Brill v. Peckham Motor Truck Co. - 189 U.S. 57 (1903)
U.S. Supreme Court
Brill v. Peckham Motor Truck Co., 189 U.S. 57 (1903)
Brill v. Peckham Motor Truck and Wheel Company
Argued March 2-3, 1903
Decided April 6, 1903
189 U.S. 57
Where, in a patent case, a preliminary injunction has been granted by a circuit court on the strength of a previous adjudication by the same court over the same patent, the case involving questions of fact in respect of anticipation and infringement, and not being ripe for final hearing, it is error for the circuit court of appeals, on an appeal from the interlocutory order, to direct a dismissal of the bill. Mast Foos Company v. Stover Manufacturing Company, 177 U. S. 485, applied.
This was a bill in equity filed in the Circuit Court of the United States for the Southern District of New York by John A. Brill and the J. G. Brill Company against the Peckham Motor Truck & Wheel Company and others, praying for injunction and accounting for infringement of letters patent No. 478,218, for an improvement in car trucks, issued July 5, 1892.
The J. G. Brill Company was a manufacturer of street cars and trucks at Philadelphia, and the Peckham Motor Truck & Wheel Company was a manufacturer of trucks at Kingston, New York.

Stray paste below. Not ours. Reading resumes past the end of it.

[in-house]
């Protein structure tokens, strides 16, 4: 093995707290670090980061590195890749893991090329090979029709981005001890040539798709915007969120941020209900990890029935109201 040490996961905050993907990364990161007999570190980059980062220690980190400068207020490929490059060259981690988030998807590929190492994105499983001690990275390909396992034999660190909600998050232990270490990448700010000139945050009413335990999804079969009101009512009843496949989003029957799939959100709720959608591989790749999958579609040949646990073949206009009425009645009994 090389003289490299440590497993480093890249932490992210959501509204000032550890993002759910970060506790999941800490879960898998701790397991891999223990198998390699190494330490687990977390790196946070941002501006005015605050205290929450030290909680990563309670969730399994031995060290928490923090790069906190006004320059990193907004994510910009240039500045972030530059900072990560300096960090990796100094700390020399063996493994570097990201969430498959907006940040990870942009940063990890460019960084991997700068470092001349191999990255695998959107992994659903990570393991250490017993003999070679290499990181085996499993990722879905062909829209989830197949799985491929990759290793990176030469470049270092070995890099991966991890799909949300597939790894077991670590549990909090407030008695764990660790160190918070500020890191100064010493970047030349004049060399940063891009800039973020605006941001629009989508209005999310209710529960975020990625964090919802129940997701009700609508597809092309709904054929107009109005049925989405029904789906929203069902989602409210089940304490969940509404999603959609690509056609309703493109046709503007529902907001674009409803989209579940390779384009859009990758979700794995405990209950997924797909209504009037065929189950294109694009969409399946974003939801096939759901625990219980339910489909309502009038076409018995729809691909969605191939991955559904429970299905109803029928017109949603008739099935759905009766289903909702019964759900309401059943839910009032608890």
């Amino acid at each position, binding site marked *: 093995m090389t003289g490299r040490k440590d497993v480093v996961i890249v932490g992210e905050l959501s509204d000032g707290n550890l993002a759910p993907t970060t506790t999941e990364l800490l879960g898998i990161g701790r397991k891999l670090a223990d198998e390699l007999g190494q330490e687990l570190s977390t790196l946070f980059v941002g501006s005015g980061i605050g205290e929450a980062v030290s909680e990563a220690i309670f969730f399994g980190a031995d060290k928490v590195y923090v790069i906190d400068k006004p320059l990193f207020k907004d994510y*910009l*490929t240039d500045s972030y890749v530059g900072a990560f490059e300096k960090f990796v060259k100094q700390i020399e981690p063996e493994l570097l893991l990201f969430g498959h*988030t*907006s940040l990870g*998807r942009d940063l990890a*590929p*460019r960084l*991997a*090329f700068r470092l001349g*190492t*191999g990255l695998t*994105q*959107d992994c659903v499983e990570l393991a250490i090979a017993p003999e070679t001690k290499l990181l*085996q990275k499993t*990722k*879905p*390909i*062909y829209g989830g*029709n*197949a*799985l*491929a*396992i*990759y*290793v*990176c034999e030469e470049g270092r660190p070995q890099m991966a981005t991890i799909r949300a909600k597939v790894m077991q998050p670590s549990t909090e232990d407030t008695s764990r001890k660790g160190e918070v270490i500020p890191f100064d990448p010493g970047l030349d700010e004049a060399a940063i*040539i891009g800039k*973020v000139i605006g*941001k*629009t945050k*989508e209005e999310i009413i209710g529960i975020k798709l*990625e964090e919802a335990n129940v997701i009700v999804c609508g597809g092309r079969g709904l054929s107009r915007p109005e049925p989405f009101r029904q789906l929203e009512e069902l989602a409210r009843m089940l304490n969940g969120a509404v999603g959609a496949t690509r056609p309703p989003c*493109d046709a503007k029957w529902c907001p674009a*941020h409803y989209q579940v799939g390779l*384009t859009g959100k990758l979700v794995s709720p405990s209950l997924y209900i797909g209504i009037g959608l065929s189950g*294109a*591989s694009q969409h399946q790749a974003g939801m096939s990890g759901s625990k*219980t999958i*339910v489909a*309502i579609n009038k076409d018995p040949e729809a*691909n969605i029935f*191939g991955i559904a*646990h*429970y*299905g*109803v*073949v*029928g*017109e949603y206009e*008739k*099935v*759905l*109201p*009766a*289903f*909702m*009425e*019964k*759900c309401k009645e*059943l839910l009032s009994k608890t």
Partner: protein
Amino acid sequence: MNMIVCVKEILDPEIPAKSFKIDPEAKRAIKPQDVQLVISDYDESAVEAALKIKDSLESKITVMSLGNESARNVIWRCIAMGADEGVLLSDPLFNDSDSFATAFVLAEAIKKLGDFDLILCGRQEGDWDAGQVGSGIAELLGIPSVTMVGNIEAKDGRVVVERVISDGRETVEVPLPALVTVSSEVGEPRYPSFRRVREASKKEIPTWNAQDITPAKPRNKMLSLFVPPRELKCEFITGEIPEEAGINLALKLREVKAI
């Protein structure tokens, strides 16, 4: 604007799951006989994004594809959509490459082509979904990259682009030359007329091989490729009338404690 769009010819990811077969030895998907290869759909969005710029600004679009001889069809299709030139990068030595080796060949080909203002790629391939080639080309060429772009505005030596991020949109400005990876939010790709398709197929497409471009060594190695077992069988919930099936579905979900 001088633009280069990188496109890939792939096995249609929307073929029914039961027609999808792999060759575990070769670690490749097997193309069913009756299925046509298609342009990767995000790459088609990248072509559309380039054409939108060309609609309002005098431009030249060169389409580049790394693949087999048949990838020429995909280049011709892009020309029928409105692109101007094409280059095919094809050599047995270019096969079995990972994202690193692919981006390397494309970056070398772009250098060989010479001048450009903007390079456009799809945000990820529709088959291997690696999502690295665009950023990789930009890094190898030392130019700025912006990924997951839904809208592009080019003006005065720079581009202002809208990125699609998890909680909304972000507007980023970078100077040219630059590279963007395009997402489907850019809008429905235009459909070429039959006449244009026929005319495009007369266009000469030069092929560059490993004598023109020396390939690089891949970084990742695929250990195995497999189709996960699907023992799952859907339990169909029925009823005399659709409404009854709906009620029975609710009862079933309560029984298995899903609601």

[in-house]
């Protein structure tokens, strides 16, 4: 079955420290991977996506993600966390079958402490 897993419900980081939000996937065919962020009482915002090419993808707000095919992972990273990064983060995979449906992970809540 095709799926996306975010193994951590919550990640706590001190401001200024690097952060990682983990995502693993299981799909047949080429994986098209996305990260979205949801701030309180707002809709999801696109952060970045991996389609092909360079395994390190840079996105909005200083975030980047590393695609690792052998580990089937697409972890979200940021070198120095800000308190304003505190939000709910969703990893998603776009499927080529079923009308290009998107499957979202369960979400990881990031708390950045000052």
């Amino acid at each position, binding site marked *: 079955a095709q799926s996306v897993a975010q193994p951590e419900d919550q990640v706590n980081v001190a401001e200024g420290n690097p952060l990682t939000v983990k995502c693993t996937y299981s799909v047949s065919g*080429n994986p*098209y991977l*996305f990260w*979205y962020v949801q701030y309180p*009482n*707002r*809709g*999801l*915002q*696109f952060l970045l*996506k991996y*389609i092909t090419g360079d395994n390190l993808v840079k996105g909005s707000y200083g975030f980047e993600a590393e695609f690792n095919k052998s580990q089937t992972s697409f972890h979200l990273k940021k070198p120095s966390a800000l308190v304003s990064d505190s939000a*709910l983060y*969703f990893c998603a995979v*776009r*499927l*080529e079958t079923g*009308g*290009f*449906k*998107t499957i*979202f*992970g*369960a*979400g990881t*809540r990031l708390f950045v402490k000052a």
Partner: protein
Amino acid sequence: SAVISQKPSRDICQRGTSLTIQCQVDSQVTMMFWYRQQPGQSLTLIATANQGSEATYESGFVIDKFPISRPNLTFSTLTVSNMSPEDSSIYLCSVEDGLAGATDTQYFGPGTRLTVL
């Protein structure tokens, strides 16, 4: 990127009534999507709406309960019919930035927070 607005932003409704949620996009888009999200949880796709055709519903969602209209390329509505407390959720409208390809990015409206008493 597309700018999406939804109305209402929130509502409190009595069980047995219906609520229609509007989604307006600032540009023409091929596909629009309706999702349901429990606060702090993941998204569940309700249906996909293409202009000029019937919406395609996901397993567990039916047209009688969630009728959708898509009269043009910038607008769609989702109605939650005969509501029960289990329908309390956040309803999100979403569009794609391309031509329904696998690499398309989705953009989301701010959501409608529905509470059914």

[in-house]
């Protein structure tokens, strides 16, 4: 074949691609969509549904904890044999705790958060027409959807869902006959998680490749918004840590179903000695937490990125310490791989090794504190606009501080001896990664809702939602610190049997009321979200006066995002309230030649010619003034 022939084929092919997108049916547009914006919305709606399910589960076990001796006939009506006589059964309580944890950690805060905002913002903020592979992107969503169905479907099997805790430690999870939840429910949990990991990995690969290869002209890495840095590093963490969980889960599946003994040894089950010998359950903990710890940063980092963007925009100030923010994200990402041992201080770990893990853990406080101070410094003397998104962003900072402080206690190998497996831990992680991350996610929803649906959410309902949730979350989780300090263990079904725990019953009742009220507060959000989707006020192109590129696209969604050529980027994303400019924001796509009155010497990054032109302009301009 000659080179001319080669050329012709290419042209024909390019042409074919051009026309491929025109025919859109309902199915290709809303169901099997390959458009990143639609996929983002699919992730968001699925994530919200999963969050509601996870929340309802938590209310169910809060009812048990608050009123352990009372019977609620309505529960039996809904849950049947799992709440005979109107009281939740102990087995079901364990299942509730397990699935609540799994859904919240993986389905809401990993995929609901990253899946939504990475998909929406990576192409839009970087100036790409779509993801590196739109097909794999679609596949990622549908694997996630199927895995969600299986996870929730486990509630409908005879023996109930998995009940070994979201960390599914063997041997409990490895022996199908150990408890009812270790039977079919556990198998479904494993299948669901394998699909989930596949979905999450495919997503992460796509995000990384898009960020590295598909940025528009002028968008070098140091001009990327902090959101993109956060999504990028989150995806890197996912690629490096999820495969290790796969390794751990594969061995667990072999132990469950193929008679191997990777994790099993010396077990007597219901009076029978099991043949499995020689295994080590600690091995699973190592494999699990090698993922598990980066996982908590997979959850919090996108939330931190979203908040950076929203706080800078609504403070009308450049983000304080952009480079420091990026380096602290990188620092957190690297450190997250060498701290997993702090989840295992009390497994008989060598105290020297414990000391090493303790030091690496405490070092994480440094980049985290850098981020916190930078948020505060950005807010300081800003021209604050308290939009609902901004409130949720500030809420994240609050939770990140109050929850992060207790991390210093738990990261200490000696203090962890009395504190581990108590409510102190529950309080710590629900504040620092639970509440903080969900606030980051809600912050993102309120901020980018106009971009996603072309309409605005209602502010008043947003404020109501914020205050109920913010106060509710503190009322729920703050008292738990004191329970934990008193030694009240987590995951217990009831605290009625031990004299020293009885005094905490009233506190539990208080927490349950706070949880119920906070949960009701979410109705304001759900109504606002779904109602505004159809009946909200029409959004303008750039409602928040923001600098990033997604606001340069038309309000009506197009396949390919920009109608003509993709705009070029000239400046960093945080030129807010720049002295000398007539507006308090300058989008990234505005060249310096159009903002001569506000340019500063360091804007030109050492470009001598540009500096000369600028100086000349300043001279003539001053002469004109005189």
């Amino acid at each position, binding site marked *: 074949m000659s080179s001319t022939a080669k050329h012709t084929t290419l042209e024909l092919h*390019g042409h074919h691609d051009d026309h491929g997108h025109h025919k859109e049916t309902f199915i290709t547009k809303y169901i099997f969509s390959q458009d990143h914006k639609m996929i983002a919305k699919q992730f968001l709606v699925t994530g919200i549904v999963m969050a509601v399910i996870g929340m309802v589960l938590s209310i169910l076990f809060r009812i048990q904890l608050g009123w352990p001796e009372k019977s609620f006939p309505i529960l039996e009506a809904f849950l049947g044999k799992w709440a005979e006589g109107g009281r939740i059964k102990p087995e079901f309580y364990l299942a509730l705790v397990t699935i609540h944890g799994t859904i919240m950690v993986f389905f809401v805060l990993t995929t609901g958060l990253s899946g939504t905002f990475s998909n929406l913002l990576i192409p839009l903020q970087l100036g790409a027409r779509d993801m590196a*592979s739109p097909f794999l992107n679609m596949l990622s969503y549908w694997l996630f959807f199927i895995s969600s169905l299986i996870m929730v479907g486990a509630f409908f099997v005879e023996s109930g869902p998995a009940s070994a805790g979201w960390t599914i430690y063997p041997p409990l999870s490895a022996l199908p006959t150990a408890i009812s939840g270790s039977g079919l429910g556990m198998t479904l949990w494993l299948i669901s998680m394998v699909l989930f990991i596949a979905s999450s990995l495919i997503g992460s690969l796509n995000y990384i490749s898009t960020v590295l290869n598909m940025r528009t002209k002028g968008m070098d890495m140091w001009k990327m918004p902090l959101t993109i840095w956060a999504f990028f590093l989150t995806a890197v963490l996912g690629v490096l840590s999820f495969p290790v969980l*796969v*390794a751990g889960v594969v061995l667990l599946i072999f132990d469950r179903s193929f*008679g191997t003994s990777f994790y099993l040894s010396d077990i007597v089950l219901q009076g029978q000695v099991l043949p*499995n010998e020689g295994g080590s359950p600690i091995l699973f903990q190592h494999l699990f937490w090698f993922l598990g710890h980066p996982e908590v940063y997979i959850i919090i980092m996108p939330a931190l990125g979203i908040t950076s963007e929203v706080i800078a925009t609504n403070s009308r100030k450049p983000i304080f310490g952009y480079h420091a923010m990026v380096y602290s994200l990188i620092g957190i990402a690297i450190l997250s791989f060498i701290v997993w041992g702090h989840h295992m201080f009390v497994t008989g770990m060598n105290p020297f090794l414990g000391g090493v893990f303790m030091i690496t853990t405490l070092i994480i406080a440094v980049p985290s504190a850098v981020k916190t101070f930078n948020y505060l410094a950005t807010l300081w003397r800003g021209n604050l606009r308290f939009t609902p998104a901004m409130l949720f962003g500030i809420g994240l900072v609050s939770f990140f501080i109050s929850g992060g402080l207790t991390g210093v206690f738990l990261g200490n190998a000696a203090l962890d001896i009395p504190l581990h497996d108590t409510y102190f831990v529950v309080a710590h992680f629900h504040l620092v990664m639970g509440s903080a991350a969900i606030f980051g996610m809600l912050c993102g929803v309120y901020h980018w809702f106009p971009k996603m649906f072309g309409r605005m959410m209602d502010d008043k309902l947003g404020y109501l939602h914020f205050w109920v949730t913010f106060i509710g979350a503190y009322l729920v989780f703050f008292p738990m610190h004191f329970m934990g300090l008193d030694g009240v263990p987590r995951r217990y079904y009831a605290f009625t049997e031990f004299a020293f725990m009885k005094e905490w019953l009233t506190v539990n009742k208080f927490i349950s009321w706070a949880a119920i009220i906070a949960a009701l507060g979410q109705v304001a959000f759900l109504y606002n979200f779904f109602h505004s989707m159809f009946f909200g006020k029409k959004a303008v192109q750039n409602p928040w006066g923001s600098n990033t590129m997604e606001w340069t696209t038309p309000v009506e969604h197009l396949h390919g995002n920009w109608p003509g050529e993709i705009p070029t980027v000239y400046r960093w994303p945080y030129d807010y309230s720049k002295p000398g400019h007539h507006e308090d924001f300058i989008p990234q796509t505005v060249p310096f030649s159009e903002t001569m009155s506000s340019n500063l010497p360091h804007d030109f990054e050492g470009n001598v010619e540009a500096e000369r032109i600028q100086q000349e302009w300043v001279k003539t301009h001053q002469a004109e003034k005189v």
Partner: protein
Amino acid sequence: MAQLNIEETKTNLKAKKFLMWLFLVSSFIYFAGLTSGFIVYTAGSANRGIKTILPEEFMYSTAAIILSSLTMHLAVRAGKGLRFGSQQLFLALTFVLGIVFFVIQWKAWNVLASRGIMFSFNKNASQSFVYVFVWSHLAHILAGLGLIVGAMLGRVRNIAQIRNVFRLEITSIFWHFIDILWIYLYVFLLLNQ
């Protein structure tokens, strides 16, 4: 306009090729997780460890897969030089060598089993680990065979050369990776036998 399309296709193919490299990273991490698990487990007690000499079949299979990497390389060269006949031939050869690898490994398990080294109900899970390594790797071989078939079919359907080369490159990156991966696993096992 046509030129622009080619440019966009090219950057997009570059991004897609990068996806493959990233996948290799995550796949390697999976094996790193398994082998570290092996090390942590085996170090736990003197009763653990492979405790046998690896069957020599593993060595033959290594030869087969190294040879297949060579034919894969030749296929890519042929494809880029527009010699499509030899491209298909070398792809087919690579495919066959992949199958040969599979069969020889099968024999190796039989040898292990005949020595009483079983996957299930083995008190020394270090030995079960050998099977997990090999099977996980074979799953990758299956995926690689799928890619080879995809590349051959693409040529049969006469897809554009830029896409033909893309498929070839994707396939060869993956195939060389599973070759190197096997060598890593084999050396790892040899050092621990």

The bill was filed October 15, 1900, and a motion for preliminary injunction on behalf of complainants on claims 1 and 2 of the patent in suit was heard by Judge Lacombe on October 26, 1900, on affidavits previously served by complainants, including the record of an adjudication in the circuit court in the case of Brill v. Third Avenue Railroad Company, in which the opinion of Judge Shipman was filed July 9, 1900. 103 F. 289.
Defendants filed affidavits at the hearing, which had been sworn to October 25 and 26, and which complainants had apparently had no opportunity to inspect before the argument. These affidavits set up two patents (Manier, of August 27, 1889,
No. 409,993, and Peckham, of January 21, 1890, No. 419,876), which had also been before Judge Shipman in the prior case, and defendants contended, in view of these two patents, that the two claims in controversy must be limited in their scope, and that there had been no infringement of the claims as thus limited. Judge Lacombe held that, as there was no prior patent before him which had not been before Judge Shipman, and as the combination which Judge Shipman described as the gist of the invention was undoubtedly in defendants' structures, complainants were entitled to a restraining order under "well settled rules of practice." 105 F. 626. The preliminary injunction was therefore granted. From this interlocutory order, defendants took an appeal to the Circuit Court of Appeals for the Second Circuit, and on a hearing there, the order granting the preliminary injunction was reversed, and the cause remanded to the circuit court with instructions to dismiss the bill with costs. 108 F. 267. A petition was filed for a rehearing, and denied. 49 C.C.A. 87, 110 F. 377. This writ of certiorari was then granted. 183 U.S. 698.